Wet'suwet'en clans drummed their chiefs into a Smithers convention room Monday and together gave the Northern Gateway pipelines a "resounding no."
Many told a federal panel reviewing the project how they grew up fishing, hunting and gathering food in their traditional territories—a life they say the Enbridge oil pipeline puts at too high a risk.
"It's not a matter of if the pipeline breaks, it's when," said Samantha Vincent of the Laksilyu clan. "We will have no more fish in our waters. The vegetation in our waterbeds will be dead. It could take 100 years or more to heal, but it will never fully recover, and while we wait our children will lose their culture and traditions."
Listening to the Wet'suwet'en and other speakers were biologist Sheila Leggett, geologist Hans Matthews and energy lawyer Kenneth Bateman—the three people leading a federal review of Northern Gateway. By the end of 2013, the panel is expected to approve or reject the twin pipelines project, which would carry imported condensate and crude oil between the Alberta oil sands and the B.C. coast. The panel's decision will be based on whether the Enbridge project meets Canada's economic interests and environmental standards.
Debbie Pierre, executive director of the Office of the Wet'suwet'en, spoke directly to the panel and its role.
"There are many Wet'suwet'en people who feel that this process is futile—that what we say to you means nothing," she said. "I ask the panel today to prove that wrong."
That request was repeated by Richard Sam, who led a successful 10-year court battle against a Canfor logging operation on Laksilyu territory in the Red Top area.
"By going back and supporting our traditional chiefs, you show our young people that what our chiefs say matters," he said.
Sam also drew loud applause when he referred to recent media interviews in which Prime Minister Stephen Harper gave strong support to the Enbridge project.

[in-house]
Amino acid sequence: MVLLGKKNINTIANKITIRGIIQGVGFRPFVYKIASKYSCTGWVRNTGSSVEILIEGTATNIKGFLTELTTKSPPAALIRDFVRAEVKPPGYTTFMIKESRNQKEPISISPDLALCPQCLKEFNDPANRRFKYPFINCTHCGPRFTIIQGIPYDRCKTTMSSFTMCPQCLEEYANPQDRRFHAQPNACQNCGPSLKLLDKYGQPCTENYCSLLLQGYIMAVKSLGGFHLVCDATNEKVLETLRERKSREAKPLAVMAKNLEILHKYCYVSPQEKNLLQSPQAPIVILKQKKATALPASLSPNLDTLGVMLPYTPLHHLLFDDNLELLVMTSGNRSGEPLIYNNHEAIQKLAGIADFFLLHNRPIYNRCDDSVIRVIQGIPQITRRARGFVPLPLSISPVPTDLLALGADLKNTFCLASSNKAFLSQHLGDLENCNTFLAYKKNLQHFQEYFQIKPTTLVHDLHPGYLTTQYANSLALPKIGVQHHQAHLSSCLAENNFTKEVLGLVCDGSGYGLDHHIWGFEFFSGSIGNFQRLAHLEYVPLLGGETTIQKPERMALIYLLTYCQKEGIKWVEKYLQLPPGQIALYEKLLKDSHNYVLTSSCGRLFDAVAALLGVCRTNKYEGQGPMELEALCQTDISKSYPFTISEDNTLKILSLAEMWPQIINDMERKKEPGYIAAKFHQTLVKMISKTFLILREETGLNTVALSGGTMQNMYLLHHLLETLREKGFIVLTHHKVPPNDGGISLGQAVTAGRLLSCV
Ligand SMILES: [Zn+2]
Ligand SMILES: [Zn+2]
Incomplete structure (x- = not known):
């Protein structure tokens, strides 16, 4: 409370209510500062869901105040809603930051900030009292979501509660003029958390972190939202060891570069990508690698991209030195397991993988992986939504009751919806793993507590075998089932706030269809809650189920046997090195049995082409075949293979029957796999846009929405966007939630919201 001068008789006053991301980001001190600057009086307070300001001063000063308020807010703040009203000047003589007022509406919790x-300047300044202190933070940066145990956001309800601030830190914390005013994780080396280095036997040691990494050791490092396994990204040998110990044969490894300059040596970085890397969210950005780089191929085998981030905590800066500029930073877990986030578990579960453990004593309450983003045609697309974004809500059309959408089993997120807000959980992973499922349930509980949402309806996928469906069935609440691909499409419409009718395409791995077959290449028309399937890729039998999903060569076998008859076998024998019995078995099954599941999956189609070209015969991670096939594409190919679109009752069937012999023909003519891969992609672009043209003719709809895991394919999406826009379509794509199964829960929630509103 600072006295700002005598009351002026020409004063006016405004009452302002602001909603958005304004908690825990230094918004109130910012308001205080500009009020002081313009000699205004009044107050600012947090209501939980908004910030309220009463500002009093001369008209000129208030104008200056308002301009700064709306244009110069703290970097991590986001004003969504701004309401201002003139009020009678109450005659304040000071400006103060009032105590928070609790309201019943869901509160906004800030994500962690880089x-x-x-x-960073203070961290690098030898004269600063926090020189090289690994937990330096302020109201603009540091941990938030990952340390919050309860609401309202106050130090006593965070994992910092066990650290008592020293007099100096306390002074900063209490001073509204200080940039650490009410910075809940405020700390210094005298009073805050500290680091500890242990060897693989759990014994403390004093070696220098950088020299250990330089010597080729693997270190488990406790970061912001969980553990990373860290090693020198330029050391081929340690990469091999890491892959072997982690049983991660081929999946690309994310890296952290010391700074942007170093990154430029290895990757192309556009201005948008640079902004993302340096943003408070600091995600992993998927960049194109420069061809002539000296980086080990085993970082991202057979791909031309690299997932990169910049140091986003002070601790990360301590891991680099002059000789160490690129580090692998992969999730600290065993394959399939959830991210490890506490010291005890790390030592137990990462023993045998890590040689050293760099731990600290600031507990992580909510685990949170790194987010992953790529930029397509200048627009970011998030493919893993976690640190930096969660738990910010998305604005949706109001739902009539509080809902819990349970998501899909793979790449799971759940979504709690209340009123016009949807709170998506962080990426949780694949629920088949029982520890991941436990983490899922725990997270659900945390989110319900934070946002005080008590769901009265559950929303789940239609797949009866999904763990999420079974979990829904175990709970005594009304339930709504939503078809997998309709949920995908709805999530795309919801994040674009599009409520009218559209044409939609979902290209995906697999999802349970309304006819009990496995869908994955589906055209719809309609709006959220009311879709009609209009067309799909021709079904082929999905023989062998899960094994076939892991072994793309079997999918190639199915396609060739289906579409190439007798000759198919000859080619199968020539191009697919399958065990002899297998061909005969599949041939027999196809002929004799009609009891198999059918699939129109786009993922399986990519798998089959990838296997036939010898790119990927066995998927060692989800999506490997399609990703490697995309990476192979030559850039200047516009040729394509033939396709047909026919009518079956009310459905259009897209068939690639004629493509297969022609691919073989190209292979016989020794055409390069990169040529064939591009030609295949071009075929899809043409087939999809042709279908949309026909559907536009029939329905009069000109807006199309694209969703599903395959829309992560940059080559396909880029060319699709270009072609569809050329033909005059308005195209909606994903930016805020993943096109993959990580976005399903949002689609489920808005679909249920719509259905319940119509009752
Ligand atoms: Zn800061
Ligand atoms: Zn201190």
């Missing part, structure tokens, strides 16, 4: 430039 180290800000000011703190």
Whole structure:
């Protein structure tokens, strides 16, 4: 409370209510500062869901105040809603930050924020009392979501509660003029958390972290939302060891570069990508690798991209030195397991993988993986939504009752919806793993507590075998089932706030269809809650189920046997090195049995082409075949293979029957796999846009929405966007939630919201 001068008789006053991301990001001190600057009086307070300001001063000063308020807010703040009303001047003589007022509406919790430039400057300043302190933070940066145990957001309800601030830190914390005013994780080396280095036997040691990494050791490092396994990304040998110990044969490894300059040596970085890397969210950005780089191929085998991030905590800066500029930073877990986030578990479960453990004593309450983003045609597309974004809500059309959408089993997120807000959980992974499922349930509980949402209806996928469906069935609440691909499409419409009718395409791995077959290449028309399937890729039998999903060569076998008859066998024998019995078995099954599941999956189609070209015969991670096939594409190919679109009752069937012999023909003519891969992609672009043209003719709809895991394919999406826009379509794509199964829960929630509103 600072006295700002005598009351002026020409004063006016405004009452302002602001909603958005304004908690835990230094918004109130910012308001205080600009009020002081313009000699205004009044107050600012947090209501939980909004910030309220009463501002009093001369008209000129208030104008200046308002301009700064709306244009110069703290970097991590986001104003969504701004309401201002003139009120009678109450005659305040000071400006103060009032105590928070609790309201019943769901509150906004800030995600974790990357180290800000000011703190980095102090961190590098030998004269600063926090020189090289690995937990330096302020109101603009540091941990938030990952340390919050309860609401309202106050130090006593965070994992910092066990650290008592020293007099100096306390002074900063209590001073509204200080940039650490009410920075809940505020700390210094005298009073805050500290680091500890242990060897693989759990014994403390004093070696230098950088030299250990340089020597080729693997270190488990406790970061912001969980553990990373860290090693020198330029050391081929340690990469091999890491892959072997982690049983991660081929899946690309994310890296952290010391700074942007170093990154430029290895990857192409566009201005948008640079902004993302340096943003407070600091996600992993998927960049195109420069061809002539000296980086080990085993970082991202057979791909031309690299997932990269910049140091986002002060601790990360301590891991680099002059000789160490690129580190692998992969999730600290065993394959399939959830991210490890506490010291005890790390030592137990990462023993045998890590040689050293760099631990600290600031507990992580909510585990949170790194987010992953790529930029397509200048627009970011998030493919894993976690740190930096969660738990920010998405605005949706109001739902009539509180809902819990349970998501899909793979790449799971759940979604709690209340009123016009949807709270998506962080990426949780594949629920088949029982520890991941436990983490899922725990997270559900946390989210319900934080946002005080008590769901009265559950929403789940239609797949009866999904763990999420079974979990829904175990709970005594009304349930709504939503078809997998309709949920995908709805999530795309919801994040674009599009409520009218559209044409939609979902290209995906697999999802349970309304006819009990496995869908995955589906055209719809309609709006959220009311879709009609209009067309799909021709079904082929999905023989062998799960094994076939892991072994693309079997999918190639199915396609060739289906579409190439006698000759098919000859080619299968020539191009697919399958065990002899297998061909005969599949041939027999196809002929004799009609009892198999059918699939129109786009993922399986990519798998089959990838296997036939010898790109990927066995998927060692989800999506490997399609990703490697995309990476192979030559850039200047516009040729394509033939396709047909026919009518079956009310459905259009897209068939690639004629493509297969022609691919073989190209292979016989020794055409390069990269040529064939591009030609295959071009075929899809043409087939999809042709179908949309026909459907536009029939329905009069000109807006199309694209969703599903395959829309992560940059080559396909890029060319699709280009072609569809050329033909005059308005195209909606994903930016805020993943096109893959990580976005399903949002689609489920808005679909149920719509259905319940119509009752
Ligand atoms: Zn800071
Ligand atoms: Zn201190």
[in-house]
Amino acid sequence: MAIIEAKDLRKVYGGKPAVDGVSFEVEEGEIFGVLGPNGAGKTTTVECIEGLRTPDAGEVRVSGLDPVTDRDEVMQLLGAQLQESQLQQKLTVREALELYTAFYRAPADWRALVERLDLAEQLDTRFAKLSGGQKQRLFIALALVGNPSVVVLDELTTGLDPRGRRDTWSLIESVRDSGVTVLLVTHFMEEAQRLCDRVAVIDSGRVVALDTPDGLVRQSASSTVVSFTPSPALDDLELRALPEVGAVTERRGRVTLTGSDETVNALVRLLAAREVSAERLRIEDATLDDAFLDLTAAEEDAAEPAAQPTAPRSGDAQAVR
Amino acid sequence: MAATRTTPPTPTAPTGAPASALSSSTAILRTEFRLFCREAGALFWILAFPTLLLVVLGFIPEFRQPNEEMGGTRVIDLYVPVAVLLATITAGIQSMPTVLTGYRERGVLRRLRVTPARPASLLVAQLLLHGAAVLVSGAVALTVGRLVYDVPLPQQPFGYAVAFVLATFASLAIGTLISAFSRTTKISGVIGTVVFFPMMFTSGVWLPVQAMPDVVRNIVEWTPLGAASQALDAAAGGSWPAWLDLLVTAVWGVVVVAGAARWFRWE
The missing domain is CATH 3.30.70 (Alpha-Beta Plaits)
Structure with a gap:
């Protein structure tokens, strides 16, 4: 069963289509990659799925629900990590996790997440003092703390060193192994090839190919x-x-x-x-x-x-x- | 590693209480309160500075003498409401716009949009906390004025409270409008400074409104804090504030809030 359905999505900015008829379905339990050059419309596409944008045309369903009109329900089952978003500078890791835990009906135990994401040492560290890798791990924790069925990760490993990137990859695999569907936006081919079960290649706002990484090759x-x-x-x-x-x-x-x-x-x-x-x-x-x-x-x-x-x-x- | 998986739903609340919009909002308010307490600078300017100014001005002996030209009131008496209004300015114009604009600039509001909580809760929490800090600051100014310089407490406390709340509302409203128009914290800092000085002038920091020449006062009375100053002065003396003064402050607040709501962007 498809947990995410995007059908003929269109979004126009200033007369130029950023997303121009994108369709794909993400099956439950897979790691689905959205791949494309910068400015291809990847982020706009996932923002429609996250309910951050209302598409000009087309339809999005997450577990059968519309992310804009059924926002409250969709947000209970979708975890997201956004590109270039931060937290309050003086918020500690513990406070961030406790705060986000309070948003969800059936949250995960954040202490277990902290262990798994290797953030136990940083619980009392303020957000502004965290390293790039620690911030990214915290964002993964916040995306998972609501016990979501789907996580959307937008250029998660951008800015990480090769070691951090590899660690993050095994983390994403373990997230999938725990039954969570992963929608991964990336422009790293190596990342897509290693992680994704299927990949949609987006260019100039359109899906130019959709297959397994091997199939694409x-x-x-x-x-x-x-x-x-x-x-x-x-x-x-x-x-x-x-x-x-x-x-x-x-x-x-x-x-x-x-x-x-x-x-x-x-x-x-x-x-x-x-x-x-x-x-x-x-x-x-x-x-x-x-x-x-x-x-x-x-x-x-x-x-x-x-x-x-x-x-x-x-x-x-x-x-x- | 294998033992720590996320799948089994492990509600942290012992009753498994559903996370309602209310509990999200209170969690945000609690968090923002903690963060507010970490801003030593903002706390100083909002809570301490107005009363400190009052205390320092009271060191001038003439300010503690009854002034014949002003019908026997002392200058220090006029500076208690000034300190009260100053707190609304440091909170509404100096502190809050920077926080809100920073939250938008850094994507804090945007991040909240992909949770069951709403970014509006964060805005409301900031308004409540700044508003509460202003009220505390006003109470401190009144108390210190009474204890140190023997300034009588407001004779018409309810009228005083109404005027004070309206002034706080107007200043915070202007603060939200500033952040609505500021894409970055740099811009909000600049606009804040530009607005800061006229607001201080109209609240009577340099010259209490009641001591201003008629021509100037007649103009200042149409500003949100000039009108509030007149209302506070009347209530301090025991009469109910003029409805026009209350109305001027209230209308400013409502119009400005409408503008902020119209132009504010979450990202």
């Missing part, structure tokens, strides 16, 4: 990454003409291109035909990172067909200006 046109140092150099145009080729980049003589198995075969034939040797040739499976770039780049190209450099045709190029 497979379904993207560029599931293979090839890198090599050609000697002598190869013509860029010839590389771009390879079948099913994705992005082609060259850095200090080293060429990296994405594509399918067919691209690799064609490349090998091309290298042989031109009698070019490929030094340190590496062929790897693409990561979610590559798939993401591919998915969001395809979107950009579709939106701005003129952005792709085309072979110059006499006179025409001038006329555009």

"How is it that he can pre-decide what his decision will be when he hasn't even spoken with us?" he asked. "How is that consulting in good faith with aboriginal people?"
Enbridge has offered a 10 per cent equity deal to the Wet'suwet'en and all other aboriginal groups living within 80 km of its proposed pipeline—a deal it says would bring in a total of $280 million over 30 years.
Enbridge officials have said they have support from 40 per cent of aboriginal groups along the route, but that support is mostly from Alberta.
Colin Kinsley chairs the Northern Gateway Alliance, a group that supports the project.
"We've got to deal with the facts," he said. "And one of the facts is there is no pipeline culture west of Prince George."
Kinsley said it's hard to convince people who aren't familiar with pipelines that the Enbridge project can run safely, but the engineering behind it speaks for itself.
"You've heard all the rhetoric—you're going to kill an entire fishery, or you're going to kill an entire river," he said. "The science will prevail."
Kinsley added that he is looking forward to the next stage of the federal review, when expert witnesses will present and be cross-examined on technical reports.
Although none of 24 people who addressed the panel on Monday spoke in favour of the Enbridge proposal, Kinsley said that was to be expected.
"When you have a public hearing on something, mostly the opposition comes out and a silent majority stays at home," he said.
On Monday, the Northern Gateway Alliance reported that it now has 1100 supporters, many of whom signed on in the last six months.
Kinsley said a the Alliance saw several dozen sign-ups after a northern B.C. tour by Patrick Moore, a former Greenpeace environmentalist who supports the project.
"What Dr. Moore did was speak to the science of it, and speak truthfully about risk," Kinsley said. "What he talked about was the real things—not the rambling and the sky is falling sort of stuff."
A full transcript of the Smithers hearing is available at www.gatewaypanel.review-examen.gc.ca.